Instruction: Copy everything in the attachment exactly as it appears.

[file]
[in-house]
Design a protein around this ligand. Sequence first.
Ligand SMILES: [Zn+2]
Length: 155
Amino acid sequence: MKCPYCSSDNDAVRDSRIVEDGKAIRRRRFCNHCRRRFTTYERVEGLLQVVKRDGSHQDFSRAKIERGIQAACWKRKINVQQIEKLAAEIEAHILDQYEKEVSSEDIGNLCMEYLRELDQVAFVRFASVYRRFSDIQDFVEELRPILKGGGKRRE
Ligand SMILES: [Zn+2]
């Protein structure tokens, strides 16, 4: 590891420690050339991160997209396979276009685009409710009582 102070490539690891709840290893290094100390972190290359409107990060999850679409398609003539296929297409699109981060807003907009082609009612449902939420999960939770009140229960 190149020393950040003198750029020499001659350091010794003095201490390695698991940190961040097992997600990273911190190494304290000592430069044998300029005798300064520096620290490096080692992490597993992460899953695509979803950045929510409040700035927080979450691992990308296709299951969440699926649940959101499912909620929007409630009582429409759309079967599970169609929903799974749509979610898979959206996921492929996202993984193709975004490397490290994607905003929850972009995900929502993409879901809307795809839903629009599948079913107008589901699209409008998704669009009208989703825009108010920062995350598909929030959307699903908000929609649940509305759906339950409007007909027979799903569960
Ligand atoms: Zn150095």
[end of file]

[in-house]
Design a protein around this ligand. Sequence first.
Ligand SMILES: [Zn+2]
Length: 155
Amino acid sequence: MKCPYCSSDNDAVRDSRIVEDGKAIRRRRFCNHCRRRFTTYERVEGLLQVVKRDGSHQDFSRAKIERGIQAACWKRKINVQQIEKLAAEIEAHILDQYEKEVSSEDIGNLCMEYLRELDQVAFVRFASVYRRFSDIQDFVEELRPILKGGGKRRE
Ligand SMILES: [Zn+2]
């Protein structure tokens, strides 16, 4: 590891420690050339991160997209396979276009685009409710009582 102070490539690891709840290893290094100390972190290359409107990060999850679409398609003539296929297409699109981060807003907009082609009612449902939420999960939770009140229960 190149020393950040003198750029020499001659350091010794003095201490390695698991940190961040097992997600990273911190190494304290000592430069044998300029005798300064520096620290490096080692992490597993992460899953695509979803950045929510409040700035927080979450691992990308296709299951969440699926649940959101499912909620929007409630009582429409759309079967599970169609929903799974749509979610898979959206996921492929996202993984193709975004490397490290994607905003929850972009995900929502993409879901809307795809839903629009599948079913107008589901699209409008998704669009009208989703825009108010920062995350598909929030959307699903908000929609649940509305759906339950409007007909027979799903569960
Ligand atoms: Zn150095």